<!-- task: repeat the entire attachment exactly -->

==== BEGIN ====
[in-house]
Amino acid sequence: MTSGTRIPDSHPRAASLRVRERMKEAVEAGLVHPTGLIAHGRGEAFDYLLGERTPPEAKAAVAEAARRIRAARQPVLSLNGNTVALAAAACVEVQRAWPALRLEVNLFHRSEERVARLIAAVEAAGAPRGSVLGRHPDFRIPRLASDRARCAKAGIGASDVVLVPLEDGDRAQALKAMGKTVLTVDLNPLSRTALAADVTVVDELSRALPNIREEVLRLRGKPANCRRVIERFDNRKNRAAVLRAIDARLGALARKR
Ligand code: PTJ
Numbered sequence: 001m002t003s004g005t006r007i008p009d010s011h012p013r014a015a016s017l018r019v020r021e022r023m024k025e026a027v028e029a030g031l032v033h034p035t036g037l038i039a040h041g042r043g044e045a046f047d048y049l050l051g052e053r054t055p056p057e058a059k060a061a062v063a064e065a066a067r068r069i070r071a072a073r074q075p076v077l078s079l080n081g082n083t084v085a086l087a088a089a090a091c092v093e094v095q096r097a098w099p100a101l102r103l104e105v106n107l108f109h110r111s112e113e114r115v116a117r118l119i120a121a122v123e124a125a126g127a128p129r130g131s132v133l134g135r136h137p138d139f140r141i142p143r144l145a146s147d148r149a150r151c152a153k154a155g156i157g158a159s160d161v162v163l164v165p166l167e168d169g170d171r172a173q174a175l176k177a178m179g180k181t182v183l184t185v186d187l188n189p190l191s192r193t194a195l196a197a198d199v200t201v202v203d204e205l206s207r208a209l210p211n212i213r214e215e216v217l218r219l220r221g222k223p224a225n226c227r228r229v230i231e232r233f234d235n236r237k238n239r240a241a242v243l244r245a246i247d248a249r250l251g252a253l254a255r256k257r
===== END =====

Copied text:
[in-house]
Amino acid sequence: MTSGTRIPDSHPRAASLRVRERMKEAVEAGLVHPTGLIAHGRGEAFDYLLGERTPPEAKAAVAEAARRIRAARQPVLSLNGNTVALAAAACVEVQRAWPALRLEVNLFHRSEERVARLIAAVEAAGAPRGSVLGRHPDFRIPRLASDRARCAKAGIGASDVVLVPLEDGDRAQALKAMGKTVLTVDLNPLSRTALAADVTVVDELSRALPNIREEVLRLRGKPANCRRVIERFDNRKNRAAVLRAIDARLGALARKR
Ligand code: PTJ
Numbered sequence: 001m002t003s004g005t006r007i008p009d010s011h012p013r014a015a016s017l018r019v020r021e022r023m024k025e026a027v028e029a030g031l032v033h034p035t036g037l038i039a040h041g042r043g044e045a046f047d048y049l050l051g052e053r054t055p056p057e058a059k060a061a062v063a064e065a066a067r068r069i070r071a072a073r074q075p076v077l078s079l080n081g082n083t084v085a086l087a088a089a090a091c092v093e094v095q096r097a098w099p100a101l102r103l104e105v106n107l108f109h110r111s112e113e114r115v116a117r118l119i120a121a122v123e124a125a126g127a128p129r130g131s132v133l134g135r136h137p138d139f140r141i142p143r144l145a146s147d148r149a150r151c152a153k154a155g156i157g158a159s160d161v162v163l164v165p166l167e168d169g170d171r172a173q174a175l176k177a178m179g180k181t182v183l184t185v186d187l188n189p190l191s192r193t194a195l196a197a198d199v200t201v202v203d204e205l206s207r208a209l210p211n212i213r214e215e216v217l218r219l220r221g222k223p224a225n226c227r228r229v230i231e232r233f234d235n236r237k238n239r240a241a242v243l244r245a246i247d248a249r250l251g252a253l254a255r256k257r